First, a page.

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Smells Like Teen Spirit

UO’s Spring Awakening is a sexy, seditious ode to adolescent angst
Kelley Young, TJ Lagrow (on chair), Thomas Varga and Elah Seidel in Spring Awakening
Kelley Young, TJ Lagrow (on chair), Thomas Varga and Elah Seidel in Spring Awakening

Is it just me, or is the Eugene theater scene undergoing something of an ascendance these days? Is there a minor renaissance of the dramatic arts going on in our midst? Could it be that, along with the hip, new vitality of our downtown, pushing out decades of apocalyptic slouch and economic zombification, this city is also experiencing a similar surge in creative endeavors and the venues that host them?

The reason for this reverie is the happy glow I’m still experiencing after attending the April 25 opening night performance of University Theatre’s fantastic production of Spring Awakening, the 2006 rock musical based on the controversial 1891 play by German writer Frank Wedekind. Hats off to UO on this one, and a special nod to director John Schmor. Schmor, who heads the school’s theater arts program, reveals an admirable level of artistic courage in bringing this timeless story of teenage sex and death to the stage.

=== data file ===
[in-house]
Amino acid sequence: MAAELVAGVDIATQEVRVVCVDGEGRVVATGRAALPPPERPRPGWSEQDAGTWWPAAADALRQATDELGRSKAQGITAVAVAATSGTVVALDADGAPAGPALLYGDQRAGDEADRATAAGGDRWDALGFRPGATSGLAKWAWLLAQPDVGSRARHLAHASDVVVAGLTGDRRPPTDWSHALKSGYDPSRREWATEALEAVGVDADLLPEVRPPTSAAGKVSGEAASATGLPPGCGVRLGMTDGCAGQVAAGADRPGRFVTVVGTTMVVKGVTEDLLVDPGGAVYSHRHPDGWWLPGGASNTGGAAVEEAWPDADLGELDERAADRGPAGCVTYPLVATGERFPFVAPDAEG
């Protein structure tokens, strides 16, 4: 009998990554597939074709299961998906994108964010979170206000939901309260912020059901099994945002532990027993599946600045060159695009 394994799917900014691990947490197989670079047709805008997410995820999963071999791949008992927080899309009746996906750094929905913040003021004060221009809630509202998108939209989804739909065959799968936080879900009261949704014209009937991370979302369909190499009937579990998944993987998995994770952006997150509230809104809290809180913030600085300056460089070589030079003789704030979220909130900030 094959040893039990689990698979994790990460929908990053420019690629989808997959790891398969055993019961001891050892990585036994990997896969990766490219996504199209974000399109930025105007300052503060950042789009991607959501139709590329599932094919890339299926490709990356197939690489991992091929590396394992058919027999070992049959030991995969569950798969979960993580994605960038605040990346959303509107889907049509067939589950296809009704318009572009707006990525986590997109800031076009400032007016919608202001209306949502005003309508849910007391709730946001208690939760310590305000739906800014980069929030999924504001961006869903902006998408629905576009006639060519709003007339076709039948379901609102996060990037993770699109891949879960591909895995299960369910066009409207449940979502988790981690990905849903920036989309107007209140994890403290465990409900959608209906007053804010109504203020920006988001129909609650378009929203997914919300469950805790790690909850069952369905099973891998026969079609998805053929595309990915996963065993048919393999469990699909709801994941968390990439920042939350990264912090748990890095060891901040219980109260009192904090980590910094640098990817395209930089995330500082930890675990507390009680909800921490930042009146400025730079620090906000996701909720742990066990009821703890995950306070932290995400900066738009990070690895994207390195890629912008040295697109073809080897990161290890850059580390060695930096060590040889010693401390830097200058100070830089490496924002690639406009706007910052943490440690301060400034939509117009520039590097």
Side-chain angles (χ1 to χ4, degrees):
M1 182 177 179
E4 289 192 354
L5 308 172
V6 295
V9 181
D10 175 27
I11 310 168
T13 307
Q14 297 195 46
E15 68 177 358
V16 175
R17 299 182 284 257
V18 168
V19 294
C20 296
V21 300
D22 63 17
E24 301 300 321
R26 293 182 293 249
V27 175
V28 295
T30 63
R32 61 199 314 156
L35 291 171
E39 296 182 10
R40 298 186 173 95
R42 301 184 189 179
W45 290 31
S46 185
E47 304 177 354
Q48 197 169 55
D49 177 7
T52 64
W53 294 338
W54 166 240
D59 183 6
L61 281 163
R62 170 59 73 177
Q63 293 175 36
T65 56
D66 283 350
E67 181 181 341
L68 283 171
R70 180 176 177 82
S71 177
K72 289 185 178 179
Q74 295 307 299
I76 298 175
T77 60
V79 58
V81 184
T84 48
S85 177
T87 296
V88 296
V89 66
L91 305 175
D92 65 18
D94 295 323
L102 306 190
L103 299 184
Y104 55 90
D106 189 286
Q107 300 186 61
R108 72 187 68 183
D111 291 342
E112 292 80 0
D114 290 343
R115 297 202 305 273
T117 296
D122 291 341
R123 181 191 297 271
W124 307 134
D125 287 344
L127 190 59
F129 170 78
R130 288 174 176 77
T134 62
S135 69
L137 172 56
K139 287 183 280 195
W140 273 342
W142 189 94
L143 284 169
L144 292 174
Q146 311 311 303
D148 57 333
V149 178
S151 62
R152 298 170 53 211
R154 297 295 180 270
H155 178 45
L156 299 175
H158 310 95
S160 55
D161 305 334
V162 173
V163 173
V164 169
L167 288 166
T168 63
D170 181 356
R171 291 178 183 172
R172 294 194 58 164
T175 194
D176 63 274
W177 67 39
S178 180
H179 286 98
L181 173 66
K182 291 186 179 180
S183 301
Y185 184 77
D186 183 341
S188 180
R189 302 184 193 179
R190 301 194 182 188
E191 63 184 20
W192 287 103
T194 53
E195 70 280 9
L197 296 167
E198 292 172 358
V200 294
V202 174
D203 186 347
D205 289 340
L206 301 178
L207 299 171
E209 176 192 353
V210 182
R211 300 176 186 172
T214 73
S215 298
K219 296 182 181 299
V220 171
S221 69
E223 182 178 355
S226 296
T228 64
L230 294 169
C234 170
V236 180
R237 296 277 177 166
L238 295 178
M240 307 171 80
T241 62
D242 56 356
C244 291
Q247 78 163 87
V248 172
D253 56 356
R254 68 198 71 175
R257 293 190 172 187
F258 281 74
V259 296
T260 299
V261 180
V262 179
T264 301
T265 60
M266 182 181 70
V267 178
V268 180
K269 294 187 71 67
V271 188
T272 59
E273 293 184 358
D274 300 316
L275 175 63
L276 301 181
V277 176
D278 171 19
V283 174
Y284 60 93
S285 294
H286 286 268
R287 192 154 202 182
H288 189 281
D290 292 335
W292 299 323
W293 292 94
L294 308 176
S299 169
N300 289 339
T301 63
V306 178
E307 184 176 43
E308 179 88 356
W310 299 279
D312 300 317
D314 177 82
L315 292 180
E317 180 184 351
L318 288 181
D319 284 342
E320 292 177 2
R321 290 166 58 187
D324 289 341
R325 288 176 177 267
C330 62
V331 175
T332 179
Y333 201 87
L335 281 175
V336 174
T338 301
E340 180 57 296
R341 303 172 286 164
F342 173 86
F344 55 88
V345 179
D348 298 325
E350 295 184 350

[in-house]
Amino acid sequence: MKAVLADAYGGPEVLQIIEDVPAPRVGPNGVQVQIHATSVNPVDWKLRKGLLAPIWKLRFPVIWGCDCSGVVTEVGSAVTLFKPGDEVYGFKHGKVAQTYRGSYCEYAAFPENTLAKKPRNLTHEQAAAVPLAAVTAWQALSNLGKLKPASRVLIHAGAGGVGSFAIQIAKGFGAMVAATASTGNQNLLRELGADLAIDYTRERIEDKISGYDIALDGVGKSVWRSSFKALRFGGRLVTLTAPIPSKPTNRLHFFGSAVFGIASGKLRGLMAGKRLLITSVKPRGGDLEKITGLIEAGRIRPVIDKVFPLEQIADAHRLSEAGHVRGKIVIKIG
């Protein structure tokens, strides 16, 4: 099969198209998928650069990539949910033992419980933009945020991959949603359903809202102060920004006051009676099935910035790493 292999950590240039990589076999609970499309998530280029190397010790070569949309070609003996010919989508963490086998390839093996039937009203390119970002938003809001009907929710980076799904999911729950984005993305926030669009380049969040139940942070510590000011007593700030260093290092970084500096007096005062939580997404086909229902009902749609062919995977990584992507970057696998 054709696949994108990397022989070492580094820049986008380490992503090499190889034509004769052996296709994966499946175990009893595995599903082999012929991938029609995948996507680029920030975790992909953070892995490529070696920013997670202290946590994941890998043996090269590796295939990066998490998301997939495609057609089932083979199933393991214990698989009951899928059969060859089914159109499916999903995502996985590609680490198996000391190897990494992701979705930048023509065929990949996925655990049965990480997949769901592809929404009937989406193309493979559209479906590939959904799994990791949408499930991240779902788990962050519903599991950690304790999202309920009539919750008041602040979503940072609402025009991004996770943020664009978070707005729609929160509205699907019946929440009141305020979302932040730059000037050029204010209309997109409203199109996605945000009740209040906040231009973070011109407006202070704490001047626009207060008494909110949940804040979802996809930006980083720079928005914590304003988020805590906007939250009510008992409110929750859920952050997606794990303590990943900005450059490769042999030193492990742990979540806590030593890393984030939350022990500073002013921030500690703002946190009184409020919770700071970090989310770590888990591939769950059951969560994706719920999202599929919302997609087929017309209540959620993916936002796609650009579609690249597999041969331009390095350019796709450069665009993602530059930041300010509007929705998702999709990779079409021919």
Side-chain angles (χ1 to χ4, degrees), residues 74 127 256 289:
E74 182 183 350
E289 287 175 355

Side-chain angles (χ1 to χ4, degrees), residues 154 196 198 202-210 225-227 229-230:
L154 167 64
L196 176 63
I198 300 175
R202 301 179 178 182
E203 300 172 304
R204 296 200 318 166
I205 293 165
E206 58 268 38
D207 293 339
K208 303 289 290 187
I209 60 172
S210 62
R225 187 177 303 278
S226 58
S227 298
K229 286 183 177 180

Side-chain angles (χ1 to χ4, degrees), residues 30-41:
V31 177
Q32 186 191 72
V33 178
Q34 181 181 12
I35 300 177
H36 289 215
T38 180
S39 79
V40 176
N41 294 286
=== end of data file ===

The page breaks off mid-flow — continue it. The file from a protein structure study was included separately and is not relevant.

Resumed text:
Schmor is aided and abetted by a talented cast that shows unflinching passion and professionalism in portraying the ravaged forms of teenaged vulnerability, from mopey suicides and incest victims to atheistic punks and coming-out homosexuals. TJ LaGrow and Kelley Young are riveting as Melchior and Wendla, the star-crossed lovers whose sexual explorations are tender and doomed, and Thomas Varga hits just the right note as Moritz, the play’s Hamlet, a young man haunted by the advent of adult life in all its contradictory complexity. And these actors are not alone; each performer hits the mark, creating an ensemble vibe that crackles with the edgy existential radiance, equal parts agony and ecstasy, that accompanies the pains of growing up — a sometimes deadly game.

The real triumph of this production is the music. The songs, with music by Duncan Sheik and lyrics by Steven Sater, are smart and catchy (no small feat for a rock musical), and a live band adds an appropriate sense of urgency to the teenage wasteland on stage. Despite a few sound glitches having to do with uneven amplification, the vocal performances were spot-on. “Totally Fucked,” a rollicking anthem to adolescent double binds, has the power to bring down the house, and almost did.

Confident, sophisticated and shot through with the angsty, hyper-sexualized haze of adolescent confusion, UT’s staging of Spring Awakening is a reminder of how good live theater can be, even — or especially — when it makes us squirm.

Spring Awakening runs through May 10 at the UO University Theatre; $14 students, staff, seniors, $16 general.